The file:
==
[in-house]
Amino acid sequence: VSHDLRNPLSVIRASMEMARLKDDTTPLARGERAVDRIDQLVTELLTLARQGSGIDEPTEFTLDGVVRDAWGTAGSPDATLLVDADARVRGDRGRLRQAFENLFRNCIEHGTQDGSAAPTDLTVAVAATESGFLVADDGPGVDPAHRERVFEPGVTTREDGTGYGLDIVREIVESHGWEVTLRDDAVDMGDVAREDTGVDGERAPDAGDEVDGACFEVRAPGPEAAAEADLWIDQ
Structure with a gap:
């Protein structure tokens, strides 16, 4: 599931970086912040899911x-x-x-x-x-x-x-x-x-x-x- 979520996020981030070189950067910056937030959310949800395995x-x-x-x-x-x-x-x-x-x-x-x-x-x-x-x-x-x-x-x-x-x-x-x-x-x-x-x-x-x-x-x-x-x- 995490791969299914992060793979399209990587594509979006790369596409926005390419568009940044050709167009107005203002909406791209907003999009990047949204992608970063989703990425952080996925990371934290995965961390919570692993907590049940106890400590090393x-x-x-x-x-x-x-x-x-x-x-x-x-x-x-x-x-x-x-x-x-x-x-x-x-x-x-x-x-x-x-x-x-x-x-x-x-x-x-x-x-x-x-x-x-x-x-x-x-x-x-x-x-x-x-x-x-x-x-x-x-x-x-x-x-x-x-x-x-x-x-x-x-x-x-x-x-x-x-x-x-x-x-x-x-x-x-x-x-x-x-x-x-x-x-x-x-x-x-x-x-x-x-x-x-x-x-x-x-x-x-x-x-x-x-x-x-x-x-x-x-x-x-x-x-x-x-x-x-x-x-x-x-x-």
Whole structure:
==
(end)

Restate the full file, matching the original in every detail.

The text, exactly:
[in-house]
Amino acid sequence: VSHDLRNPLSVIRASMEMARLKDDTTPLARGERAVDRIDQLVTELLTLARQGSGIDEPTEFTLDGVVRDAWGTAGSPDATLLVDADARVRGDRGRLRQAFENLFRNCIEHGTQDGSAAPTDLTVAVAATESGFLVADDGPGVDPAHRERVFEPGVTTREDGTGYGLDIVREIVESHGWEVTLRDDAVDMGDVAREDTGVDGERAPDAGDEVDGACFEVRAPGPEAAAEADLWIDQ
Structure with a gap:
């Protein structure tokens, strides 16, 4: 599931970086912040899911x-x-x-x-x-x-x-x-x-x-x- 979520996020981030070189950067910056937030959310949800395995x-x-x-x-x-x-x-x-x-x-x-x-x-x-x-x-x-x-x-x-x-x-x-x-x-x-x-x-x-x-x-x-x-x- 995490791969299914992060793979399209990587594509979006790369596409926005390419568009940044050709167009107005203002909406791209907003999009990047949204992608970063989703990425952080996925990371934290995965961390919570692993907590049940106890400590090393x-x-x-x-x-x-x-x-x-x-x-x-x-x-x-x-x-x-x-x-x-x-x-x-x-x-x-x-x-x-x-x-x-x-x-x-x-x-x-x-x-x-x-x-x-x-x-x-x-x-x-x-x-x-x-x-x-x-x-x-x-x-x-x-x-x-x-x-x-x-x-x-x-x-x-x-x-x-x-x-x-x-x-x-x-x-x-x-x-x-x-x-x-x-x-x-x-x-x-x-x-x-x-x-x-x-x-x-x-x-x-x-x-x-x-x-x-x-x-x-x-x-x-x-x-x-x-x-x-x-x-x-x-x-």
Whole structure: